One of the new things in the Mrs Mummypenny world for 2022 is where I welcome brilliant writers to share their thoughts, guidance and views. Rebecca Megson-Smith is the first and will be sharing her incredible writing on a regular basis.
Rebecca, or Bec to me, has been my best mate since 1988. We’ve been through a lot together, mostly good and also not so good. We have never managed to live near each other again since those heady day of growing up in Penzance, Cornwall, but speak to each other every day. I love her with all my heart.
And she is the most incredible writer, AKA Ridley Writes, who has taught me how to write, coached me through writing my book The Money Guide to Transform Your Life, and generally coached me through life, for which I am forever grateful.
Over to Rebecca and her take on women, alcohol and the almighty hangover.
Like thousands of people across the UK, I’m doing Dry January again this year.
It’s become something of an annual event in our house as we’ve been doing it pretty much since its inception in 2013. In that time, I’ve had two children and over the intervening years, my life, and my relationship with alcohol has changed dramatically.
From the get-go alcohol has not been my friend. My first night out ‘on the town’ as a 16-year-old, saw me huddled on the kerbside. Behind me, the lights and laughter, clatter and chatter of Saturday night drinkers as they swept in and out of the pubs on Chapel Street in Penzance. I kept my eyes very, very tightly shut because then I could pretend that the world didn’t keep doing backflips and tipping me over in the process.
For a while I was flanked by two ravers who were deeply concerned I’d ‘dropped two E’s’ and was experiencing a ‘black hole’. They left shortly after my confession that the state they found me in was due only to the consumption of half a bottle of Merrydown cider and a pint of snakebite and black.
It took all of the rest of that evening to stagger, with considerable help from strangers and friends, back up towards my best friends house, where I was thankfully staying over. What I learned that night is a) it didn’t take much booze to quite literally knock the legs out from under me and, as I discovered the next day, b) my body is merciless when it comes to hangovers.
It was a lesson I enjoyed so much I decided to re-learn it, almost afresh, many, many times over.
The thing is, it was the mid-nineties.
The Ladette was just beginning to emerge as an aspirational character in our national consciousness. And in some strange, utterly messed up way, part of our politic, of our feminism, was that we could do pretty much anything the boys could do. Including drink as much as them. Oddly I clung to that for far longer than the evidence ought to have allowed me.
For much the same reason we deny or undermine hormones, periods, pregnancy, birth, motherhood, and menopause, I found myself downplaying the role my biology might have in my (in)ability to consume alcohol.
It’s only been in the past few years, since becoming a mum in particular, that I’ve really started analysing my relationship with alcohol though, and thinking about it in terms of gender and politics.
The mixed messaging about women and alcohol continue to be complex and confusing. The rise of women drinkers (now at parity with men according to a 2018 study in the Lancet) has been at the forefront of the alcoholic drinks industry expansion.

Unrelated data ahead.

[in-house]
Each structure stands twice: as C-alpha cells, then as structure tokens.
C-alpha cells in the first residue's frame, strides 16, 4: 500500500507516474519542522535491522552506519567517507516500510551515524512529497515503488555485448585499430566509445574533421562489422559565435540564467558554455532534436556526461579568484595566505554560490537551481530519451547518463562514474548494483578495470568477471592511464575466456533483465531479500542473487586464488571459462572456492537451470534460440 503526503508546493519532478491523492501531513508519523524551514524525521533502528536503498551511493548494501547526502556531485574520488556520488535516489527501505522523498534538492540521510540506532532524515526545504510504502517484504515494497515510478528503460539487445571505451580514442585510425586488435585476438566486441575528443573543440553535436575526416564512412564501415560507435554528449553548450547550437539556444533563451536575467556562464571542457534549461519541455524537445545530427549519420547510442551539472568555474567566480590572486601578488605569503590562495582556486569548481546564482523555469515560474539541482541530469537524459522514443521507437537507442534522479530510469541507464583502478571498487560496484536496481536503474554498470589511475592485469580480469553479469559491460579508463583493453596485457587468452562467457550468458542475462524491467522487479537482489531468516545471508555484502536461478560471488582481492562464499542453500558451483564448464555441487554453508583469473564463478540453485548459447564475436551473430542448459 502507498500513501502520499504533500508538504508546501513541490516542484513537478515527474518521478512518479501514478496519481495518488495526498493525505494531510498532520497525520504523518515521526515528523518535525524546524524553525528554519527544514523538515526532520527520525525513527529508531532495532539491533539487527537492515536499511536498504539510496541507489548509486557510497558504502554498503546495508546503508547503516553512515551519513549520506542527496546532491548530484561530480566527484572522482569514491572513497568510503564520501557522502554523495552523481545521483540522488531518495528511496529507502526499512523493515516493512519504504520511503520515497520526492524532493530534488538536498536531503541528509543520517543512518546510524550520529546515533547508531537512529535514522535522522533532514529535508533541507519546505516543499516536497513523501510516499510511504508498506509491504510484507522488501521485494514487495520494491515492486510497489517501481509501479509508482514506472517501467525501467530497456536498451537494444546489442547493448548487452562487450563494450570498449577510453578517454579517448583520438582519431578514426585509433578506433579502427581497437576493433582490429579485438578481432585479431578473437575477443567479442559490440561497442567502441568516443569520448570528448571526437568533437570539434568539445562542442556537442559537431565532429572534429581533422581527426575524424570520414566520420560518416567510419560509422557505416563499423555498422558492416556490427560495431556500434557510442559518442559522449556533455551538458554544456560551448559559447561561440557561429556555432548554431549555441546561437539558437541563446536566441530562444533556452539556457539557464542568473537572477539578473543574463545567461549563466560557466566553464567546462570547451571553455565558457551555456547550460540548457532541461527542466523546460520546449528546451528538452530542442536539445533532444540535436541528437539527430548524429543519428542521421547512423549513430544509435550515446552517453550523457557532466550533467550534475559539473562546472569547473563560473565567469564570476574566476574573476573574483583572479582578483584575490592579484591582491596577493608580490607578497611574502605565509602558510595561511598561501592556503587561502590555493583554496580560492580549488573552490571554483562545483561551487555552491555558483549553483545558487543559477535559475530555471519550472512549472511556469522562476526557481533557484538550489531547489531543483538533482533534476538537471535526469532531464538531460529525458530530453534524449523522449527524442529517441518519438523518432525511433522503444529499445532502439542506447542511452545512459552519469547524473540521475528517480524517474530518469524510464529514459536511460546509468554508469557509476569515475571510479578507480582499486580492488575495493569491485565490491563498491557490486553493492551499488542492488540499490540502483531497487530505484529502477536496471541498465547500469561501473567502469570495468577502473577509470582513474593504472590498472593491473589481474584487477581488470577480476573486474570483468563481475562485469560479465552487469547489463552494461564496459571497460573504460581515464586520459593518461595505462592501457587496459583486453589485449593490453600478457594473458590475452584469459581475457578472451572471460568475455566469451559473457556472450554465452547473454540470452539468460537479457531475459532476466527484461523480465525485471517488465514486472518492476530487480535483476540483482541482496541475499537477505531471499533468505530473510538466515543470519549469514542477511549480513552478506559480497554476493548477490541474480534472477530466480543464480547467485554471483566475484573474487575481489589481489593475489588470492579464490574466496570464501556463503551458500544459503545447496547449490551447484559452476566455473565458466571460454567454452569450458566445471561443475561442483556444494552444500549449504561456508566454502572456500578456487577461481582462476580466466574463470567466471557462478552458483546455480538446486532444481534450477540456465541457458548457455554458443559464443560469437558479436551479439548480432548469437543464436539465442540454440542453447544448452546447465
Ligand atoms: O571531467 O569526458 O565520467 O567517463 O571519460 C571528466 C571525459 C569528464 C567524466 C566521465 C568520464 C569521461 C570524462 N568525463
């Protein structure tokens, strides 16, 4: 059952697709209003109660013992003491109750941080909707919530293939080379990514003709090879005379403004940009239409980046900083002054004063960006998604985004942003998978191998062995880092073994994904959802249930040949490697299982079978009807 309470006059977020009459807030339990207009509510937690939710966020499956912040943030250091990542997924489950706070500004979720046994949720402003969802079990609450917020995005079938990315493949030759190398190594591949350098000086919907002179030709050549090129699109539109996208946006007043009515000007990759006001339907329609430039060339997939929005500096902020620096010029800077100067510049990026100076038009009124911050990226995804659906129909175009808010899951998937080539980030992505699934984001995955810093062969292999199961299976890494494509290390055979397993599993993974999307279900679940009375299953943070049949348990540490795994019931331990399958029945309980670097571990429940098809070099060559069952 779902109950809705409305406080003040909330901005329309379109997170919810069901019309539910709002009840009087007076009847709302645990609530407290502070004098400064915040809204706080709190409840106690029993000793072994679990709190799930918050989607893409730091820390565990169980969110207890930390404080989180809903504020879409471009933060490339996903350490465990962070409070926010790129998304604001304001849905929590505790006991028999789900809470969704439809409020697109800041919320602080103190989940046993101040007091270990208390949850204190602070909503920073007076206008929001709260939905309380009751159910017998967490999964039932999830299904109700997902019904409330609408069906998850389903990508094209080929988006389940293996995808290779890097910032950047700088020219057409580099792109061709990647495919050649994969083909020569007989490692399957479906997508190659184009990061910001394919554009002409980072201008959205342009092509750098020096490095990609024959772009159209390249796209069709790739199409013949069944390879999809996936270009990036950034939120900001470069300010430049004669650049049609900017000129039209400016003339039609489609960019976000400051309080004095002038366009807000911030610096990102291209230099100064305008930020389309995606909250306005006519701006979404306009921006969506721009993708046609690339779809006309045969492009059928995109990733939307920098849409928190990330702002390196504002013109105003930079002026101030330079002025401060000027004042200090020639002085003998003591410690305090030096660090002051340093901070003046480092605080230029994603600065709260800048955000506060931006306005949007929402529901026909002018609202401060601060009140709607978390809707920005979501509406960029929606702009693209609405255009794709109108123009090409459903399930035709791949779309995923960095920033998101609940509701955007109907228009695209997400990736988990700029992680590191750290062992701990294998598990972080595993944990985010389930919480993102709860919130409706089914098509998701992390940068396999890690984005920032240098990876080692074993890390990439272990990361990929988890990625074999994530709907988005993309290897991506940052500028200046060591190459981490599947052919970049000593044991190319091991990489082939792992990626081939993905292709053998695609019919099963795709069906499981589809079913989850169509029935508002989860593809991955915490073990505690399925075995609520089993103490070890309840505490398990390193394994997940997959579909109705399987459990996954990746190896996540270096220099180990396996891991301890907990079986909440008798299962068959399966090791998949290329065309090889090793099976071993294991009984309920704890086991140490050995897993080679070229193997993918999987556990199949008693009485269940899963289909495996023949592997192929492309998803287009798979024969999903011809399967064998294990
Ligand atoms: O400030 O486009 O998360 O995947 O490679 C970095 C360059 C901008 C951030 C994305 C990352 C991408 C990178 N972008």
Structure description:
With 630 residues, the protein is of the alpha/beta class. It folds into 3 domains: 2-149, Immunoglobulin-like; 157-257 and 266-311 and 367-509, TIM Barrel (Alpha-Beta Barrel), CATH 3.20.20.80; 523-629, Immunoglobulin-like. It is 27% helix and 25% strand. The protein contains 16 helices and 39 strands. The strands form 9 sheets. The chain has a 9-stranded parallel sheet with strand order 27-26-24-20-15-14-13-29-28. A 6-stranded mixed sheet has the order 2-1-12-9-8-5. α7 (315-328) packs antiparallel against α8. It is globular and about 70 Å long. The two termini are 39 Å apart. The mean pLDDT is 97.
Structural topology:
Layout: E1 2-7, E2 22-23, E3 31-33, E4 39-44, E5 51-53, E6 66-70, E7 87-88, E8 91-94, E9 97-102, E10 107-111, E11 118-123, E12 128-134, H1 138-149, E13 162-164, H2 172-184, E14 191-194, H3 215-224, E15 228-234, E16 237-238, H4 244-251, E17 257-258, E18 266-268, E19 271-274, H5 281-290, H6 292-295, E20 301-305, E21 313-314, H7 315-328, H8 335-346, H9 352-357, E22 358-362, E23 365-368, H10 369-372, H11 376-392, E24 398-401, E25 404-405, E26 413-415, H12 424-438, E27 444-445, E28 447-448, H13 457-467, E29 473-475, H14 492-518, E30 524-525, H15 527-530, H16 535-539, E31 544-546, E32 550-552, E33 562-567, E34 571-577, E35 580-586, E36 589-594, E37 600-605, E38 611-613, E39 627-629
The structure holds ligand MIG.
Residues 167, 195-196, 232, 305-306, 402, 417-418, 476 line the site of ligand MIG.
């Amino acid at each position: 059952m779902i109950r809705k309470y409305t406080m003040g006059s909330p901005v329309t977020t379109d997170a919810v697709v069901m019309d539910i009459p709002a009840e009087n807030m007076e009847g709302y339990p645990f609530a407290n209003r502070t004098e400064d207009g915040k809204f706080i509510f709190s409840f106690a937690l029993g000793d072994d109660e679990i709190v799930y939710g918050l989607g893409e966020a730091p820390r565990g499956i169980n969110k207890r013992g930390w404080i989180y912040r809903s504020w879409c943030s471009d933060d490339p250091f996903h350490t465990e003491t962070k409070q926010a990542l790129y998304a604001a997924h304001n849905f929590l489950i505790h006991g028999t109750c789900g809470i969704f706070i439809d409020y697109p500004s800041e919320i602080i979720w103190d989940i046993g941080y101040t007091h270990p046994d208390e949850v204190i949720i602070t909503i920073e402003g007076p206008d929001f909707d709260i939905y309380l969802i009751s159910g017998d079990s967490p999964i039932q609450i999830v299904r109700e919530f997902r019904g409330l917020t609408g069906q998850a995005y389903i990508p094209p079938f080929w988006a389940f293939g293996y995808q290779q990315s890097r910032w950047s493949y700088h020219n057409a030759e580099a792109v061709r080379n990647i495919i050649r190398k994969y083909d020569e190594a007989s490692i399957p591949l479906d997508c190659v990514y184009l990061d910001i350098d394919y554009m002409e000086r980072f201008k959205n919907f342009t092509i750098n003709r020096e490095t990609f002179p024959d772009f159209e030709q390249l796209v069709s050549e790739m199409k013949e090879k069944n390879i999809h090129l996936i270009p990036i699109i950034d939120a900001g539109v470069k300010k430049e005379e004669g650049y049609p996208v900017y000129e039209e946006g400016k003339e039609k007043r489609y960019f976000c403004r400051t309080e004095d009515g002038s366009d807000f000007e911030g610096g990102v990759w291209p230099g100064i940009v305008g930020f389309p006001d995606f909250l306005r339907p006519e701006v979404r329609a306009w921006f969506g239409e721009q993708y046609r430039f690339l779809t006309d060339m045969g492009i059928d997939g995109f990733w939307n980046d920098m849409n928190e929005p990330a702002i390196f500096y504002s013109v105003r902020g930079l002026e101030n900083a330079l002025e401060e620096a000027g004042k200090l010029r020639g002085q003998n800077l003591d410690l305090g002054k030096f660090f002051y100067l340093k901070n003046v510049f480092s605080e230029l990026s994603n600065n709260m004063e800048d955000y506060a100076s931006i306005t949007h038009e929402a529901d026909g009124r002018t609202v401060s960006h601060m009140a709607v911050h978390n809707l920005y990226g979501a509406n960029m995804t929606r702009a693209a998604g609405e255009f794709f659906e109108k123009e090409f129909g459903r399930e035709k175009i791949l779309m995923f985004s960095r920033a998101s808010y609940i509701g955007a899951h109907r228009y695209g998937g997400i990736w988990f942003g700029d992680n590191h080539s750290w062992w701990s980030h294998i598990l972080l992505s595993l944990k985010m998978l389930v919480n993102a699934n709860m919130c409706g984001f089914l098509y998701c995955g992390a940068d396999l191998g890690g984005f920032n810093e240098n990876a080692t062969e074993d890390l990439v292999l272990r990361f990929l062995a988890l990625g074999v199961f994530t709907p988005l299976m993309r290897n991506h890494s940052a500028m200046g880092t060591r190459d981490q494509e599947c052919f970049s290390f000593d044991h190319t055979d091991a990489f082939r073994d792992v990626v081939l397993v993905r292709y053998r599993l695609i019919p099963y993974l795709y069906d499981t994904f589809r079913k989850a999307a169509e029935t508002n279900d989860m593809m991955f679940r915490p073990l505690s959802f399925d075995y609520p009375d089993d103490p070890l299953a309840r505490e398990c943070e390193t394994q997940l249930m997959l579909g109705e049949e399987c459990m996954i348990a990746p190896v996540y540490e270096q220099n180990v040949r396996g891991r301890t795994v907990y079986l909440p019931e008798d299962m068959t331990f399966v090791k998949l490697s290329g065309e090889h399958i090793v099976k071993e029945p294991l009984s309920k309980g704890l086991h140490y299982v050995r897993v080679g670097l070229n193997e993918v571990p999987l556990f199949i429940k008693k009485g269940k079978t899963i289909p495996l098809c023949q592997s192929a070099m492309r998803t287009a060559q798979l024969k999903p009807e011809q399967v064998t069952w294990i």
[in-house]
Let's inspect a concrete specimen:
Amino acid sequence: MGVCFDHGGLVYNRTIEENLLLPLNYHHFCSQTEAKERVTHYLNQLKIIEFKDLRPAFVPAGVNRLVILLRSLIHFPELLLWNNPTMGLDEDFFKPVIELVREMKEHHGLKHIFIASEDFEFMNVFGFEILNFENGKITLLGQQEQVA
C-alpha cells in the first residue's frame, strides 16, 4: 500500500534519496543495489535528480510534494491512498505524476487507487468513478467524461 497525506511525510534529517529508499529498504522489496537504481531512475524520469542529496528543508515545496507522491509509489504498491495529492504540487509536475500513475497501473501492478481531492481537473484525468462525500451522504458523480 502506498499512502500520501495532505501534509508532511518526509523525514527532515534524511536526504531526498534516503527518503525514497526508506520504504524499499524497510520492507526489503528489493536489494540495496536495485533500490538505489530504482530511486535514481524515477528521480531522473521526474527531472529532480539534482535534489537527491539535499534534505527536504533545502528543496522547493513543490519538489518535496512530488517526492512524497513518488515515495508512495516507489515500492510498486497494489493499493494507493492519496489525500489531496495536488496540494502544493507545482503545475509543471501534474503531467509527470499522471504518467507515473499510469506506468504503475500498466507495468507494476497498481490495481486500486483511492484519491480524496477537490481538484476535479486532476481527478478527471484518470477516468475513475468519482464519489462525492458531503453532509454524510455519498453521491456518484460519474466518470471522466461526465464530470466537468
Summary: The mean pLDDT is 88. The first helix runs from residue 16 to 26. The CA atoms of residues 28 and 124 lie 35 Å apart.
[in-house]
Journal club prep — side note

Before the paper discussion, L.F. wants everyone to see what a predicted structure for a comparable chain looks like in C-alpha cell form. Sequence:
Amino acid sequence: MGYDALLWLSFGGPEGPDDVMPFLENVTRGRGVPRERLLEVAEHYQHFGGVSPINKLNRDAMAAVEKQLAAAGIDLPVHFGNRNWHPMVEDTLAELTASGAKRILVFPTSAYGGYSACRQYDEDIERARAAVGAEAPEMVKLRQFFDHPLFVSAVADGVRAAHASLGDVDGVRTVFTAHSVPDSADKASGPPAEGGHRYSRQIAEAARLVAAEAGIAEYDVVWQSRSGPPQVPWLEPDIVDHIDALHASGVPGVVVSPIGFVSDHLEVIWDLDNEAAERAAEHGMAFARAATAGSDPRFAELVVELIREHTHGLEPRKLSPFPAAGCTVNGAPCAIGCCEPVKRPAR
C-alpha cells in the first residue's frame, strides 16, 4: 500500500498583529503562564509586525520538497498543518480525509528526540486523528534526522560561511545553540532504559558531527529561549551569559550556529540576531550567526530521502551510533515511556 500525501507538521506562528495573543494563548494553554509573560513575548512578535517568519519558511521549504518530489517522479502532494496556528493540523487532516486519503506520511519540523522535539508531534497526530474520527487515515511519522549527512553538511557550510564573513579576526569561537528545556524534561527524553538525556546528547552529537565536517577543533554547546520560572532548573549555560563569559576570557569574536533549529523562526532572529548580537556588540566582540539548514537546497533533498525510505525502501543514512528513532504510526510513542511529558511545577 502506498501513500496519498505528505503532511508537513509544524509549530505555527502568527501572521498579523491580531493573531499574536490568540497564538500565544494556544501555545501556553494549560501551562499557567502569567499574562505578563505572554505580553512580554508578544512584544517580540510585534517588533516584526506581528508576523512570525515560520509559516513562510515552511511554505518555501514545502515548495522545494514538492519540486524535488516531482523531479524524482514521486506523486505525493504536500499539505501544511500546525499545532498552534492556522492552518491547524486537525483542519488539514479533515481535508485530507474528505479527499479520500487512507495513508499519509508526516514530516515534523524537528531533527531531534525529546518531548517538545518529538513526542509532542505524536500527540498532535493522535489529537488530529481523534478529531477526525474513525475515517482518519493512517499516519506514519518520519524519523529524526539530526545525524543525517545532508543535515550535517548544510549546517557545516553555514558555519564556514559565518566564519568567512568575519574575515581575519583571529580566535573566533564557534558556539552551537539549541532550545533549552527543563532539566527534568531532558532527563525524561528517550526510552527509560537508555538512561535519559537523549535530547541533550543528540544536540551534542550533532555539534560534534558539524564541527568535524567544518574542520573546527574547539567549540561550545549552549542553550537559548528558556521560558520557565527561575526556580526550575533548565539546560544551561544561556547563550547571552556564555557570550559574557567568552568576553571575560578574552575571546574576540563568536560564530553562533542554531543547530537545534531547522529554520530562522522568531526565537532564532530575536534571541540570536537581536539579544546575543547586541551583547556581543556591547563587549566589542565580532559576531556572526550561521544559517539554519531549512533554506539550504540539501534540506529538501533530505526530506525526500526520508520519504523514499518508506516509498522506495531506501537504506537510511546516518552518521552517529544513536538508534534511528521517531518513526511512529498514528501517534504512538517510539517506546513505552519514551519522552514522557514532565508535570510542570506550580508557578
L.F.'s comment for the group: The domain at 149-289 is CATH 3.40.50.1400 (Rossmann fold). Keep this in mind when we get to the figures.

They’ve poured money into making drinks pretty and sweet – because apparently that’s what we girls are really looking for when we want a drink, something similar to the fizzy pop we used to have as a kid. They’ve poured considerably more money into making us want those drinks, in normalising our drinking, in suggesting that really having an alcoholic drink is the symbol of our empowerment.
During lockdown as a nation the UK drank a lot.
Memes around ‘mummy being an alcoholic’ were shared with wild and thoughtless abandon. It was funny, apparently, that women in particular were so stressed by the situation of home working and home schooling and living with their partners 24/7 that they were self-medicating in this way. You had to laugh, because, well, if you didn’t…
Where this pondering on drinking and gender and politics and capitalism has taken me is to this simple position: I don’t want to drink anymore.
I don’t necessarily mean that I want to go teetotal but I don’t like being drunk and I really, really don’t like hangovers. I’ve never been blessed with an easy ride of it the morning after the night before, but inevitably as I’ve got older, lying to myself and others about how I feel on a hangover has lost its appeal. I’ve had a couple of occasions since giving birth where I’ve forgotten what an almighty lightweight I am and had to deal with the trauma (am I overstating here? I think not) of being responsible for small people and all their needs. The cries and wails of ‘mama’ followed by whatever food or drink or boredom alleviation demand they had will stay with me to my grave. So no, no more wine thanks, I’ve had enough.
And life is getting shorter. The days are more precious than ever I realised when I was younger. Even if I could spend the day after in a darkened room being brought cups of tea and junk food at appropriate intervals, that is not how I want to spend my time.
So if you’re halfway through Dry January and finding it a struggle, this is your rallying call: Just think, you’re one up on the drinks industry, your action is political as well as personal and, thank god, you’re free of the damned hangover. For now at least.